Got this working, sounds pretty cool!
Justin Nearing on LinkedIn: #gamedev
Probably the best feeling in #gamedev is when you get the thing working. Continually shocked at just how important *task selection* is. Got bogged down with…
Finished off the remaining work items and merged the PR:
Ok so I have this interesting idea now that I’ve more or less completed the work on
I thought of it playing around with the static mesh of the
ActorTest actor- ie. I mucked around with the shape of the box that was triggering the floating numbers.
Originally the thought was to have it fly around… Like a Tie Fighter… But as soon as I pressed play the thing collapsed in a ironic exclamation of vicious mockery:
However, when I stepped on the flat box, the Floating Number appeared just as it should.
This gives me an idea!
What if the floating number box was a platform you jumped on?
What if instead of showing you a number, it showed you a musical note?
What if it triggered the correct sound file in audio?
- I’m thinking some chill vaporwave synth to start
What if there were 8 platforms representing each note of a scale?
- Dm maybe?
- Good introduction to working with audio
- Leverages my music production hobby
- Reinforces the floating number asset creation workflow. Easy to make, low quantity, good practice.
- Creates possibilities for an actually interesting game idea
- Endless runner type game, but you’re making a beat
- Music theory teaching tool
- Introduction to Unreal audio
- Importance of task selection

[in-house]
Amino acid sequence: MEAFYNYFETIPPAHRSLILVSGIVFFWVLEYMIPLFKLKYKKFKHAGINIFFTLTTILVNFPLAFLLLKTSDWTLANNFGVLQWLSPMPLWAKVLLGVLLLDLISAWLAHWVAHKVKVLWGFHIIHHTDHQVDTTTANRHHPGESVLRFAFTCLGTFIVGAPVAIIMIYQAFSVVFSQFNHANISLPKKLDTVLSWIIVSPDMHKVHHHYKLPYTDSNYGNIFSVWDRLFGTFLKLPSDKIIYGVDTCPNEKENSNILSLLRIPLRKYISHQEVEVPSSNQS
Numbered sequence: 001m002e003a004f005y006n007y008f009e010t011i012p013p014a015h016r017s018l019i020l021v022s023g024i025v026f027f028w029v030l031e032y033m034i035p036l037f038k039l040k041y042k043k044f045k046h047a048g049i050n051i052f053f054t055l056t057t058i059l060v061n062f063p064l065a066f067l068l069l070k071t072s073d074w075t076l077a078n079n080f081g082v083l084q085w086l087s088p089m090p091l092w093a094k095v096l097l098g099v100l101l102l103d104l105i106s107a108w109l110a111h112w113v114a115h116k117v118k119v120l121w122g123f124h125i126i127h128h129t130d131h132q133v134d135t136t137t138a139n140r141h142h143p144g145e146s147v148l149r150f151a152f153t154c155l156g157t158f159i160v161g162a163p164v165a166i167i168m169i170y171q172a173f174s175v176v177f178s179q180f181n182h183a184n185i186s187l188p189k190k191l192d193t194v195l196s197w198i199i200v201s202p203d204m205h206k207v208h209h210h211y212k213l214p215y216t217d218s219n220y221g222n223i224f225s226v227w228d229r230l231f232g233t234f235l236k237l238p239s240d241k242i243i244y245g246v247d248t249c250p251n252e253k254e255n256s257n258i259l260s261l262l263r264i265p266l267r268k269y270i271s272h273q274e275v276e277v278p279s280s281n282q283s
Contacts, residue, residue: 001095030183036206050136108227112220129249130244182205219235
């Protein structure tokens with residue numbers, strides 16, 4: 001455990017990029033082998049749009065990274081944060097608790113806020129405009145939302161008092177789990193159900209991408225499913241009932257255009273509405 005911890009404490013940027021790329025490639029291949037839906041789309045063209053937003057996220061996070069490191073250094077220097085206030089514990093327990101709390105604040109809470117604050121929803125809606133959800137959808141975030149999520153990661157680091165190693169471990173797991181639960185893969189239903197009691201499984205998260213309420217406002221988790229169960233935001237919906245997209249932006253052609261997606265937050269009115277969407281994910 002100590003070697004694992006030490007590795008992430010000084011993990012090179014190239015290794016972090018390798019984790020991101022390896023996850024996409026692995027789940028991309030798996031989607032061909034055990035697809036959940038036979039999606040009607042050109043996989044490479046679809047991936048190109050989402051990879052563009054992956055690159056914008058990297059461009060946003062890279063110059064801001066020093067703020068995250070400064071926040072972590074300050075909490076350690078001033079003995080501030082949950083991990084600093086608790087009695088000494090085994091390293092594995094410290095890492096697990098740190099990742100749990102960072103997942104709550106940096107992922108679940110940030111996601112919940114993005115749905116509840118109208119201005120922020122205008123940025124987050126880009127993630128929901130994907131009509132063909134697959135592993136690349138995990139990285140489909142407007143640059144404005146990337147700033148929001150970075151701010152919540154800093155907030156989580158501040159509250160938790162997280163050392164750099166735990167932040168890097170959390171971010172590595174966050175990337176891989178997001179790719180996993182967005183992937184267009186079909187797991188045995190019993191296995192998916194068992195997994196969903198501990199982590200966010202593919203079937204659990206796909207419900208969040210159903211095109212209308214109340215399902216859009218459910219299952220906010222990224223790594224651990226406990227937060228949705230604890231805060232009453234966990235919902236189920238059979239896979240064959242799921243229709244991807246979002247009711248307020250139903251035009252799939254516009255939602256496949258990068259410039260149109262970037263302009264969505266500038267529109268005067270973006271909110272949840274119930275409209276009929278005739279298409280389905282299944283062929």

- Basic video editing with DaVinci Resolve
A lot of good learnings from this task.
I have a tendency to perfection, and I didn’t want to stop working on the
This led to two problems:
- My refactor to simplify the blueprint ended up making things more complicated
- Morale took a hit trying to solve a complex problem with limited ROI.
That complex problem wasn’t on the critical path, it was essentially polish.
Funny thing was getting the critical tasks done was dead easy.
When you only have an hour a day to work on something, effort vs. return on investment is everything.
I was concerned that I was spending too much time doing documentation and “support” work instead of actually in Unreal making things happen.
With how easy this task ended up actually being, those concerns have been put to rest.
Because I put in the work upfront, I was able to have a very well-scoped task. When I veered off-scope, I got frustrated.
The “actual work” is only half the work. The other half makes it possible.
Justin Nearing on LinkedIn: #ableton #unreal #daw #audioengineering #gamedev #trigonometry
This week I export #Ableton synth keys to my #Unreal game project and give a 5 minute update on what I'm working on next. #daw #audioengineering #gamedev…
My Oct 25 update ended up being my first crack at using a video editor. I’ve had DaVinci Resolve downloaded for a while but never had the gusto to really get into it. After my initial update ended up rambling for 15 minutes, I managed to cut it down to about 5 minutes.
Was fun, looking forward to doing some more. Thinking of doing a longer retrospective for month of October, perhaps even releasing to YouTube.